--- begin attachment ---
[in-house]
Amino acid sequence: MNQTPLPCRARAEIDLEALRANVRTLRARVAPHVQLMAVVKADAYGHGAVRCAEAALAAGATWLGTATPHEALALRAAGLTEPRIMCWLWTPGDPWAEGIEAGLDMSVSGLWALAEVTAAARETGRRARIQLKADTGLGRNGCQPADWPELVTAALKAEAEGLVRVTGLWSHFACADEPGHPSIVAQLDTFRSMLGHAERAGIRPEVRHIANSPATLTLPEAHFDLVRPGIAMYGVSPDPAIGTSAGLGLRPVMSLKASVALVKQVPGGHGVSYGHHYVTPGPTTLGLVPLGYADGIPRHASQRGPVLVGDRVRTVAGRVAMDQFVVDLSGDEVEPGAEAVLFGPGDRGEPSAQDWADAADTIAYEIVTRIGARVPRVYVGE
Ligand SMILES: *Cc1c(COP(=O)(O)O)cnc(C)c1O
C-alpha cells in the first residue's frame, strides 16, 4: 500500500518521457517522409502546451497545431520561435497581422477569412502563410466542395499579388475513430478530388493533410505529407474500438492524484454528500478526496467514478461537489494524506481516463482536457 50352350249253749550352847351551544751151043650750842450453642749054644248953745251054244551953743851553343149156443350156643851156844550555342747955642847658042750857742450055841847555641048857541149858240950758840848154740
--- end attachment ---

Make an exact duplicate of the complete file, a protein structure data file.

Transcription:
[in-house]
Amino acid sequence: MNQTPLPCRARAEIDLEALRANVRTLRARVAPHVQLMAVVKADAYGHGAVRCAEAALAAGATWLGTATPHEALALRAAGLTEPRIMCWLWTPGDPWAEGIEAGLDMSVSGLWALAEVTAAARETGRRARIQLKADTGLGRNGCQPADWPELVTAALKAEAEGLVRVTGLWSHFACADEPGHPSIVAQLDTFRSMLGHAERAGIRPEVRHIANSPATLTLPEAHFDLVRPGIAMYGVSPDPAIGTSAGLGLRPVMSLKASVALVKQVPGGHGVSYGHHYVTPGPTTLGLVPLGYADGIPRHASQRGPVLVGDRVRTVAGRVAMDQFVVDLSGDEVEPGAEAVLFGPGDRGEPSAQDWADAADTIAYEIVTRIGARVPRVYVGE
Ligand SMILES: *Cc1c(COP(=O)(O)O)cnc(C)c1O
C-alpha cells in the first residue's frame, strides 16, 4: 500500500518521457517522409502546451497545431520561435497581422477569412502563410466542395499579388475513430478530388493533410505529407474500438492524484454528500478526496467514478461537489494524506481516463482536457 50352350249253749550352847351551544751151043650750842450453642749054644248953745251054244551953743851553343149156443350156643851156844550555342747955642847658042750857742450055841847555641048857541149858240950758840848154740